NanoRacks-Fluorescent Polarization in Microgravity (NanoRacks-Micro-gRx) - 11.22.16
Scientists study chemical reactions using fluorescence polarization, which produces changes in light when molecules bind together. This technique enables researchers to measure the interactions of proteins with DNA or antibodies, and many other biomedical functions. NanoRacks-Fluorescent Polarization in Microgravity (NanoRacks-Micro-gRx) validates a commercial Plate Reader instrument that detects changes in light for these types of reactions in a multiwell plate, a flat plate with 384 wells or tiny test tubes, to examine microgravity’s effect on fluorescent polarization, which paves the way for advanced biology research and drug development in space. Science Results for Everyone
Information Pending Experiment Details
OpNom: NanoRacks Module-29
Siobhan Malany, Ph.D., Sanford Burnham Medical Research Institute, Orlando, FL, United States
Steve Vasile, Ph.D., Sanford Burnham Medical Research Institute, Orlando, FL, United States
NanoRacks LLC, Webster, TX, United States
Sponsoring Space Agency
National Aeronautics and Space Administration (NASA)
National Laboratory (NL)
ISS Expedition Duration
September 2014 - March 2015; March 2016 - September 2016
- NanoRacks-Fluorescent Polarization in Microgravity (NanoRacks-Micro-gRx) validates the NanoRacks Plate Reader facility in three of its five modes of operation in order to examine the effect of microgravity on fluorescent polarization (FP) for a fluorophore in solution, to validate the UV-Visible mode by using three different absorbance wavelengths in serially diluted liquids, and to validate the fluorescence intensity by using serial dilutions of two different fluorophores. This investigation also serves as part of the process of validating and establishing a workflow for the NanoRacks Plate Reader facility. Testing is conducted with four microplate samples.
NanoRacks-Micro-gRx helps assess if molecular processes are the same in space as on Earth. This opens the door for future advanced biology and pharmacology research in microgravity. By transferring advanced technologies to the International Space Station (ISS), researchers are able to determine the effectiveness of medicines in microgravity and explore biochemical and cellular pathways that can be targeted for new disease therapies.
NanoRacks-Fluorescent Polarization in Microgravity (NanoRacks-Micro-gRx) experiments validate at least three of the five operating modes for the Molecular Devices Spectramax M5 multimode microtiter plate reader (NanoRacks Plate Reader), quantify the association of biological molecules as detected by fluorescent polarization (FP), and test the functionality of a 384-well microplate. These experiments are described by the following three aims:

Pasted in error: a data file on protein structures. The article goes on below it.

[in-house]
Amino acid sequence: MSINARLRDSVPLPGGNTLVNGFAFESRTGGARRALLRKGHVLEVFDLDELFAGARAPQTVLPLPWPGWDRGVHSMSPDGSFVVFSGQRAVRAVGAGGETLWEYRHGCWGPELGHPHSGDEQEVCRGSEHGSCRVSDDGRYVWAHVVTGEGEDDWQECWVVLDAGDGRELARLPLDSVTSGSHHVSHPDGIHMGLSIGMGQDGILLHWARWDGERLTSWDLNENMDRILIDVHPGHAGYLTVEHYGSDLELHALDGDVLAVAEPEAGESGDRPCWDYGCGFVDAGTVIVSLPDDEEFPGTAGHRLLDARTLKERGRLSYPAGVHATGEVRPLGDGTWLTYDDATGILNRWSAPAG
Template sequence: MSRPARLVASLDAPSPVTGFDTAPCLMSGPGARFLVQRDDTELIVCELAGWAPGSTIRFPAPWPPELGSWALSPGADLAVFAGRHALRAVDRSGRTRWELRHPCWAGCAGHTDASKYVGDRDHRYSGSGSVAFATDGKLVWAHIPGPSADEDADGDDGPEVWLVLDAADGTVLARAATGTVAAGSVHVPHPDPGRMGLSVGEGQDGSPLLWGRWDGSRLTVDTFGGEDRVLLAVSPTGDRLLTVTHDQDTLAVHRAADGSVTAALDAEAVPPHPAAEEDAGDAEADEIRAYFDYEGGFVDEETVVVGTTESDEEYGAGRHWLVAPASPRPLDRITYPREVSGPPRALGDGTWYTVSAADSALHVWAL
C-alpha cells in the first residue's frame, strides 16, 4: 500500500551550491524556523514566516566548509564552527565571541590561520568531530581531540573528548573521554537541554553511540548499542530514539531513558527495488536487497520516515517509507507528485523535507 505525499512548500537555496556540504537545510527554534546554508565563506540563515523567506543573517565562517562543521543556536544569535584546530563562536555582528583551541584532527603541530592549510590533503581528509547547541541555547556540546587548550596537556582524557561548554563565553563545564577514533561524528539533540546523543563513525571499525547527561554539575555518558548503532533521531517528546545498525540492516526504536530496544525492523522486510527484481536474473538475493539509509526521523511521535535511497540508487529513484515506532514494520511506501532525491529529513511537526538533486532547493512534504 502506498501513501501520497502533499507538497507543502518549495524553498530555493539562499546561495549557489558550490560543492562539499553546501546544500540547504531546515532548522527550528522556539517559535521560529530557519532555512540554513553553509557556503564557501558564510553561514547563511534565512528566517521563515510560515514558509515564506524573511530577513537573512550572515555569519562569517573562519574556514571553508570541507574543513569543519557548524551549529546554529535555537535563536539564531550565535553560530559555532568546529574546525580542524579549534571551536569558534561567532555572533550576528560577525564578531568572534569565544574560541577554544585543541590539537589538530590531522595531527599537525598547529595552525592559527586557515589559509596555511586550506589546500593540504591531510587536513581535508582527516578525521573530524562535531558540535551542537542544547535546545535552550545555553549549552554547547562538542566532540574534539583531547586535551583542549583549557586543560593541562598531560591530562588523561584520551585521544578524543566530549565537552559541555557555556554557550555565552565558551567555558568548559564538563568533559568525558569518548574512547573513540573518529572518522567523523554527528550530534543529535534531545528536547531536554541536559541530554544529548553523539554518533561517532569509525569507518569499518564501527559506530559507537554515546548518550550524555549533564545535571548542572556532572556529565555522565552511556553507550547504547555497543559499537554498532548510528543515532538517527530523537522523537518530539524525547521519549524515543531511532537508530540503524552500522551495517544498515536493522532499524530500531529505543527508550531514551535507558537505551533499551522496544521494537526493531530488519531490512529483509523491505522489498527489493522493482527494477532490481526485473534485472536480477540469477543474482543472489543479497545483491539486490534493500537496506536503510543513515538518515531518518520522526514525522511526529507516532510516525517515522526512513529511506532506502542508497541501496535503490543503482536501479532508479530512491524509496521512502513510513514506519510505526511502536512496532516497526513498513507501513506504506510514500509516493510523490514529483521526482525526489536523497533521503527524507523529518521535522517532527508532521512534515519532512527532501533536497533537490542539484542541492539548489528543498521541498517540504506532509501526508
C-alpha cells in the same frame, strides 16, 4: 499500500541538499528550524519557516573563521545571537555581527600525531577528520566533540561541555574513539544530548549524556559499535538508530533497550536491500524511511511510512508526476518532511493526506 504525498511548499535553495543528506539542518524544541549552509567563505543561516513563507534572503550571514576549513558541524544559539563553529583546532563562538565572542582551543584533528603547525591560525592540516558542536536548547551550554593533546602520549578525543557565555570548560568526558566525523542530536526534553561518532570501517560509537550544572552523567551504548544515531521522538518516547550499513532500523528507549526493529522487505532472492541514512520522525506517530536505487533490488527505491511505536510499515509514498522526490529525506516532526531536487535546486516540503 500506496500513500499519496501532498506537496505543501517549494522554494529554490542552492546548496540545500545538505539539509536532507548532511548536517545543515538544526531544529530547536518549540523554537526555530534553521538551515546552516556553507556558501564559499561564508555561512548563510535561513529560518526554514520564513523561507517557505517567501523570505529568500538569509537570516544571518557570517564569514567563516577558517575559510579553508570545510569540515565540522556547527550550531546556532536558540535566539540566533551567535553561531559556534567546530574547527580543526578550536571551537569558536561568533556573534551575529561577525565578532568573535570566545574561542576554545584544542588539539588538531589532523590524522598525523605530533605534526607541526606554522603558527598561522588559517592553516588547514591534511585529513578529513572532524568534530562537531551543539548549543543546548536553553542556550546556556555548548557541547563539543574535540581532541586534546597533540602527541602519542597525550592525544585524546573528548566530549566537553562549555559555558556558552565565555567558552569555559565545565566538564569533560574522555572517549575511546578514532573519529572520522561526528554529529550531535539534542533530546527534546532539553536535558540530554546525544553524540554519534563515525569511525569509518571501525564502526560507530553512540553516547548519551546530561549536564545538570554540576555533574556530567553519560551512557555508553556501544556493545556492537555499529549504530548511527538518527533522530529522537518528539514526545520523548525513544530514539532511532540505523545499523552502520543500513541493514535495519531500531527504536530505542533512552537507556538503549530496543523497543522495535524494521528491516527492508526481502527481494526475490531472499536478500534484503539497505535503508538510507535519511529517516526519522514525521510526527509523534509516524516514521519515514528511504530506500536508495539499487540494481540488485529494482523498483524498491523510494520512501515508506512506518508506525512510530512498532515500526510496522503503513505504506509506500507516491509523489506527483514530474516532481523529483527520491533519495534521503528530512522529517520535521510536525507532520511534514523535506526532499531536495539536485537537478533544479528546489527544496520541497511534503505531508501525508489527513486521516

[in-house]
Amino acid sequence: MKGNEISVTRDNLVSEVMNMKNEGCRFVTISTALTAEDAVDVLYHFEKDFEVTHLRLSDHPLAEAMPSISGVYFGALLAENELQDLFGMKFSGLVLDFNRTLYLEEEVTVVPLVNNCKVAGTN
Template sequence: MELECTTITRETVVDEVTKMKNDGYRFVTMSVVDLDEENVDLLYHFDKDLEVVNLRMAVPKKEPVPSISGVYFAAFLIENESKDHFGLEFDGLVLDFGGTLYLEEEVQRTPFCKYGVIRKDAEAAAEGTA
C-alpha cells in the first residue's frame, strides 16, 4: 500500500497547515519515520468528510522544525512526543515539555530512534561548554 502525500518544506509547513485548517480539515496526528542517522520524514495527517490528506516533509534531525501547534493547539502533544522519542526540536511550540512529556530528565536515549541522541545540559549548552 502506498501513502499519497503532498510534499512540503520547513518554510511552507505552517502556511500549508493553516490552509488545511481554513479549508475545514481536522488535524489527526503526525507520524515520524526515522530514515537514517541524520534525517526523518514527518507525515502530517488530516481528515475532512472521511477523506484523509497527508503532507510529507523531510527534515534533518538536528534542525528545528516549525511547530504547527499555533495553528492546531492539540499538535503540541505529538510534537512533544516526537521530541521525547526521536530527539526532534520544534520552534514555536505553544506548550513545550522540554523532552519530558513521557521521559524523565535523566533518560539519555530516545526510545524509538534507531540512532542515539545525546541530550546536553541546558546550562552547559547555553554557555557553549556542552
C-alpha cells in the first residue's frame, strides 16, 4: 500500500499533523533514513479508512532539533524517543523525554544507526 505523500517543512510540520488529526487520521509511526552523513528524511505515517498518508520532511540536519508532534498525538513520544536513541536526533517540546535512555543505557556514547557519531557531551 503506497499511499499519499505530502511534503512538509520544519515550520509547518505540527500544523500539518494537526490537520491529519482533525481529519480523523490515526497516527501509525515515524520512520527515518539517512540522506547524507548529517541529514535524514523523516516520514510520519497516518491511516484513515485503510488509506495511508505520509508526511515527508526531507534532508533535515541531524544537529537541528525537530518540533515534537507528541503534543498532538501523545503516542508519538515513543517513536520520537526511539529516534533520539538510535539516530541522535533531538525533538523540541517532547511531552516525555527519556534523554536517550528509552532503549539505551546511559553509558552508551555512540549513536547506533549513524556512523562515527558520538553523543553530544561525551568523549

Aim 1). Perform a fluorescent polarization experiment which validates the FP mode of the plate reader and provide experimental comparison for detecting the binding of molecules by FP in microgravity. FP measurement of a fluorescently labeled ligand binding to a larger molecule provides information on molecular orientation and mobility in solution of the bound complex versus the free ligand. An exact replica of the experiment is tested at the same time point on earth using the same instrument to detect changes in FP due to microgravity.
Aim 2). Validate the UV-Visible mode by using three different absorbance wavelengths in serially diluted liquids. Three absorbance wavelengths, which are the most commonly used by scientists, are tested.
Aim 3). Validate the fluorescence intensity mode by using serial dilutions of two different fluorophores (fluorescent chemical compounds that re-emit light upon light excitation). The two most commonly used fluorophores are tested during this portion of the M5’s validation.
These experiments are necessary to validate that the NanoRacks Plate Reader is operating correctly and to its specifications. The results generated from these experiments have interest to physicists, biophysicists, biologists as well as scientists working in the field of drug discovery who wish to use the plate reader for future life science experiments.
For the testing of the fluorescence polarization module of the NanoRacks Plate Reader, the use of a fluorescently labeled biotin conjugate and an antibody to biotin are employed. Biotin also known as vitamin H, coenzyme R or vitamin B7 is involved in the synthesis of fatty acids and glucose. This modified version of this molecule labeled with the fluorescent dye fluorescein is commercially available (see structure below).